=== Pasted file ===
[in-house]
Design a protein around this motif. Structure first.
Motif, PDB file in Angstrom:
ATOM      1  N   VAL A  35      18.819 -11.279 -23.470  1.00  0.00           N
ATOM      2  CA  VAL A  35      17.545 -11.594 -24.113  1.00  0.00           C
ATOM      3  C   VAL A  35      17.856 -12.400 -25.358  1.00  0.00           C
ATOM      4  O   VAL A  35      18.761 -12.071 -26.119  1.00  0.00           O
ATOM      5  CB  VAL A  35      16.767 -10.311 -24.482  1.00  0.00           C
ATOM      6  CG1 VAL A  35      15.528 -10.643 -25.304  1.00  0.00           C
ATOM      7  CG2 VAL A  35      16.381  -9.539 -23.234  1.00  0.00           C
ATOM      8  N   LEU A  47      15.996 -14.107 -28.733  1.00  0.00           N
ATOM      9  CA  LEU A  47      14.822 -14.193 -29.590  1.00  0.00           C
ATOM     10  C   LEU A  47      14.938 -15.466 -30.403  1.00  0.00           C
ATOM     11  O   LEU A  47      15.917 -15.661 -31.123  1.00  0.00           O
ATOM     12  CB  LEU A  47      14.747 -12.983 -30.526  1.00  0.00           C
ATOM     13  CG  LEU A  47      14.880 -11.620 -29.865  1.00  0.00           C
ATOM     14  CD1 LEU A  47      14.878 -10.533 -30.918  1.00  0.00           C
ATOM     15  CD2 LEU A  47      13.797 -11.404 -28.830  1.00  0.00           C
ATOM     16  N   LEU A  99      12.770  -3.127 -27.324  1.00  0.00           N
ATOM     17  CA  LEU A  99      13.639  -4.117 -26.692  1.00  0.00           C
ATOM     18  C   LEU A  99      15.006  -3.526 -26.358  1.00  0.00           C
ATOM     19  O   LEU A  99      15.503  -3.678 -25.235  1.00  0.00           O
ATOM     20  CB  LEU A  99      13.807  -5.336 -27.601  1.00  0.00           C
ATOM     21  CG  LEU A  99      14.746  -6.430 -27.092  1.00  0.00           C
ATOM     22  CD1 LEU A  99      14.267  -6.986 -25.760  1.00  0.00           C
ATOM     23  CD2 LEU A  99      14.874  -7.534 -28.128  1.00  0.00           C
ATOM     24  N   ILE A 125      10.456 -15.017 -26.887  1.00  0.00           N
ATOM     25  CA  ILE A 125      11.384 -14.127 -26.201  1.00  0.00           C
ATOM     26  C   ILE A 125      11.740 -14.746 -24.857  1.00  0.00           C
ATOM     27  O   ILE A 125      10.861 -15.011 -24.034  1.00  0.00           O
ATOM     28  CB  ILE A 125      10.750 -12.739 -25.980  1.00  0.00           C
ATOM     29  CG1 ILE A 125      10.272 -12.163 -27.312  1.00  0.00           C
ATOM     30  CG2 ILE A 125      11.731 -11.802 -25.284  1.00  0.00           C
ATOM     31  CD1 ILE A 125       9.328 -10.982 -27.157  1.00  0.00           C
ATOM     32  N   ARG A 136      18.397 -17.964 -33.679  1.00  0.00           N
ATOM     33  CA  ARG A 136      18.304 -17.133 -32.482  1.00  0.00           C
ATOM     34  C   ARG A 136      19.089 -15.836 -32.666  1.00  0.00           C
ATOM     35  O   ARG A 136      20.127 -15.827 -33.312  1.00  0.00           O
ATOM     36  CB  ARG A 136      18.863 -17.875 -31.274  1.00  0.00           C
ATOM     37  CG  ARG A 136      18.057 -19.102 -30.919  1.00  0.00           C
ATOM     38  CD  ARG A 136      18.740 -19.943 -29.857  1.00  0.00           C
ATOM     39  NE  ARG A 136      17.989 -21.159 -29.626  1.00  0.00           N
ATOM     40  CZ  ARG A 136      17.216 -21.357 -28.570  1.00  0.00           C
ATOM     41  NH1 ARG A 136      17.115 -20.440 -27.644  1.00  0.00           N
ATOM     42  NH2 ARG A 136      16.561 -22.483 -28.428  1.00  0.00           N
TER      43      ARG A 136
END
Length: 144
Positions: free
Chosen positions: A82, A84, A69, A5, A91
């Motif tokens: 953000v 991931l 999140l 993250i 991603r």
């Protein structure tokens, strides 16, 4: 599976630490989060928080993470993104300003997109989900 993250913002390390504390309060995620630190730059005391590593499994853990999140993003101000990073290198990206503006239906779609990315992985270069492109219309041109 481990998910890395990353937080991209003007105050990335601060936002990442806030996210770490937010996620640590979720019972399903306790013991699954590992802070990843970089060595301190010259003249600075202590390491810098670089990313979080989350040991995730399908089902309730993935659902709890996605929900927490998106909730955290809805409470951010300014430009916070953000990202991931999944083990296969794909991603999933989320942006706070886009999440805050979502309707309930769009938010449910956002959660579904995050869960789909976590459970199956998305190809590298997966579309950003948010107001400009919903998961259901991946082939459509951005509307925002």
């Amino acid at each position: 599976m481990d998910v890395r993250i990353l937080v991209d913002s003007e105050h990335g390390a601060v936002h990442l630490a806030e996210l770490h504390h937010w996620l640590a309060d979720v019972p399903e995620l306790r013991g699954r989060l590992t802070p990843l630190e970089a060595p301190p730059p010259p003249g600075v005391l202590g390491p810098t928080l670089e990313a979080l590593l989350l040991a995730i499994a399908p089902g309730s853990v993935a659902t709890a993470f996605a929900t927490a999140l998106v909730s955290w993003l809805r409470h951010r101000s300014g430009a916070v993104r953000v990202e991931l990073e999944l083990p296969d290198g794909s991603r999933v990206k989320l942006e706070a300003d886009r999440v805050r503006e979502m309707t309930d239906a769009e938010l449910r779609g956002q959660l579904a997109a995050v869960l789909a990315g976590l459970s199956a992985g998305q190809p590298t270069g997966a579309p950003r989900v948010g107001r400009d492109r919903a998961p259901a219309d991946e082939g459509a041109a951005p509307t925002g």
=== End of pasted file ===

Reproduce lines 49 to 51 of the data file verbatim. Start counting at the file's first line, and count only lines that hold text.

Positions: free
Chosen positions: A82, A84, A69, A5, A91
């Motif tokens: 953000v 991931l 999140l 993250i 991603r």